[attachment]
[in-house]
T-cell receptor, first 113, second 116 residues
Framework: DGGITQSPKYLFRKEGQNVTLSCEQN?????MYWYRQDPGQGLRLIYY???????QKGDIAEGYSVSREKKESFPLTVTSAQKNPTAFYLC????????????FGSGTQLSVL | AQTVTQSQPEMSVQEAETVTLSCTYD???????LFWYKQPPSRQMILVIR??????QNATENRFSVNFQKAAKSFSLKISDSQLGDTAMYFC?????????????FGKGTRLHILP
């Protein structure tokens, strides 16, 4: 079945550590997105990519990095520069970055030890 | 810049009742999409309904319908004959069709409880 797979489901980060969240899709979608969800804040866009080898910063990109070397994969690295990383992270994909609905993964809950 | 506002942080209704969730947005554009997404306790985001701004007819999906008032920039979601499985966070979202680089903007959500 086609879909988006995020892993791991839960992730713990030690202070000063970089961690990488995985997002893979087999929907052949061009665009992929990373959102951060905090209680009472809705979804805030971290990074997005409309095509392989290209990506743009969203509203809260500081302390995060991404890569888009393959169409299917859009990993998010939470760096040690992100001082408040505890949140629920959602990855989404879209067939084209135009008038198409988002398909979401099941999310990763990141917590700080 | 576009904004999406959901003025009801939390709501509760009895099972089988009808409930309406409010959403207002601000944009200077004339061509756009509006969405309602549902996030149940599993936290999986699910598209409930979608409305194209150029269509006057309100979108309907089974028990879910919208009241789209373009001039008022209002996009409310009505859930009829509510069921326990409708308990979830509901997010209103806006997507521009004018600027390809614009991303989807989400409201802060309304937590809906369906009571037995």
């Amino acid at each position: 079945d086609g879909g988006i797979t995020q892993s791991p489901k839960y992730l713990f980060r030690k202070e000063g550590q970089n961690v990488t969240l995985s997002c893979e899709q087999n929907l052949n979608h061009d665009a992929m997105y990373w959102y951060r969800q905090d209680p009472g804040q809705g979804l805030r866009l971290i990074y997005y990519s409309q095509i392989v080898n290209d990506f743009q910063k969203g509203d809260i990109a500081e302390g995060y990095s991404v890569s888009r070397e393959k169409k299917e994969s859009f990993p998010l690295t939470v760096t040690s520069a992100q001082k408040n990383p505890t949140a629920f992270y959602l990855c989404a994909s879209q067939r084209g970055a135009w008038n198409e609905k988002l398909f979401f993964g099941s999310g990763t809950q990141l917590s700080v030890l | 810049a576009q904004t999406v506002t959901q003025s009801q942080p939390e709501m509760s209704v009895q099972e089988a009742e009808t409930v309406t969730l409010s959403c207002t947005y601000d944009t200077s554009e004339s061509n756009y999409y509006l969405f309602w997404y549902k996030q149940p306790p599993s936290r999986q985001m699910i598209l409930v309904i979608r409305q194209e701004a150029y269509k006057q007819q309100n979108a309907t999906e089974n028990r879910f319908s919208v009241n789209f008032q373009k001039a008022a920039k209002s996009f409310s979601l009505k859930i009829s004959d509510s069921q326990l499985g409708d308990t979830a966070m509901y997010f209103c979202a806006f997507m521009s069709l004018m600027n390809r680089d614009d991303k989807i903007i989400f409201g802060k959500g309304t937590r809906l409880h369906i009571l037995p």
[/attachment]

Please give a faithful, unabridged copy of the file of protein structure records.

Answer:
[in-house]
T-cell receptor, first 113, second 116 residues
Framework: DGGITQSPKYLFRKEGQNVTLSCEQN?????MYWYRQDPGQGLRLIYY???????QKGDIAEGYSVSREKKESFPLTVTSAQKNPTAFYLC????????????FGSGTQLSVL | AQTVTQSQPEMSVQEAETVTLSCTYD???????LFWYKQPPSRQMILVIR??????QNATENRFSVNFQKAAKSFSLKISDSQLGDTAMYFC?????????????FGKGTRLHILP
């Protein structure tokens, strides 16, 4: 079945550590997105990519990095520069970055030890 | 810049009742999409309904319908004959069709409880 797979489901980060969240899709979608969800804040866009080898910063990109070397994969690295990383992270994909609905993964809950 | 506002942080209704969730947005554009997404306790985001701004007819999906008032920039979601499985966070979202680089903007959500 086609879909988006995020892993791991839960992730713990030690202070000063970089961690990488995985997002893979087999929907052949061009665009992929990373959102951060905090209680009472809705979804805030971290990074997005409309095509392989290209990506743009969203509203809260500081302390995060991404890569888009393959169409299917859009990993998010939470760096040690992100001082408040505890949140629920959602990855989404879209067939084209135009008038198409988002398909979401099941999310990763990141917590700080 | 576009904004999406959901003025009801939390709501509760009895099972089988009808409930309406409010959403207002601000944009200077004339061509756009509006969405309602549902996030149940599993936290999986699910598209409930979608409305194209150029269509006057309100979108309907089974028990879910919208009241789209373009001039008022209002996009409310009505859930009829509510069921326990409708308990979830509901997010209103806006997507521009004018600027390809614009991303989807989400409201802060309304937590809906369906009571037995």
């Amino acid at each position: 079945d086609g879909g988006i797979t995020q892993s791991p489901k839960y992730l713990f980060r030690k202070e000063g550590q970089n961690v990488t969240l995985s997002c893979e899709q087999n929907l052949n979608h061009d665009a992929m997105y990373w959102y951060r969800q905090d209680p009472g804040q809705g979804l805030r866009l971290i990074y997005y990519s409309q095509i392989v080898n290209d990506f743009q910063k969203g509203d809260i990109a500081e302390g995060y990095s991404v890569s888009r070397e393959k169409k299917e994969s859009f990993p998010l690295t939470v760096t040690s520069a992100q001082k408040n990383p505890t949140a629920f992270y959602l990855c989404a994909s879209q067939r084209g970055a135009w008038n198409e609905k988002l398909f979401f993964g099941s999310g990763t809950q990141l917590s700080v030890l | 810049a576009q904004t999406v506002t959901q003025s009801q942080p939390e709501m509760s209704v009895q099972e089988a009742e009808t409930v309406t969730l409010s959403c207002t947005y601000d944009t200077s554009e004339s061509n756009y999409y509006l969405f309602w997404y549902k996030q149940p306790p599993s936290r999986q985001m699910i598209l409930v309904i979608r409305q194209e701004a150029y269509k006057q007819q309100n979108a309907t999906e089974n028990r879910f319908s919208v009241n789209f008032q373009k001039a008022a920039k209002s996009f409310s979601l009505k859930i009829s004959d509510s069921q326990l499985g409708d308990t979830a966070m509901y997010f209103c979202a806006f997507m521009s069709l004018m600027n390809r680089d614009d991303k989807i903007i989400f409201g802060k959500g309304t937590r809906l409880h369906i009571l037995p």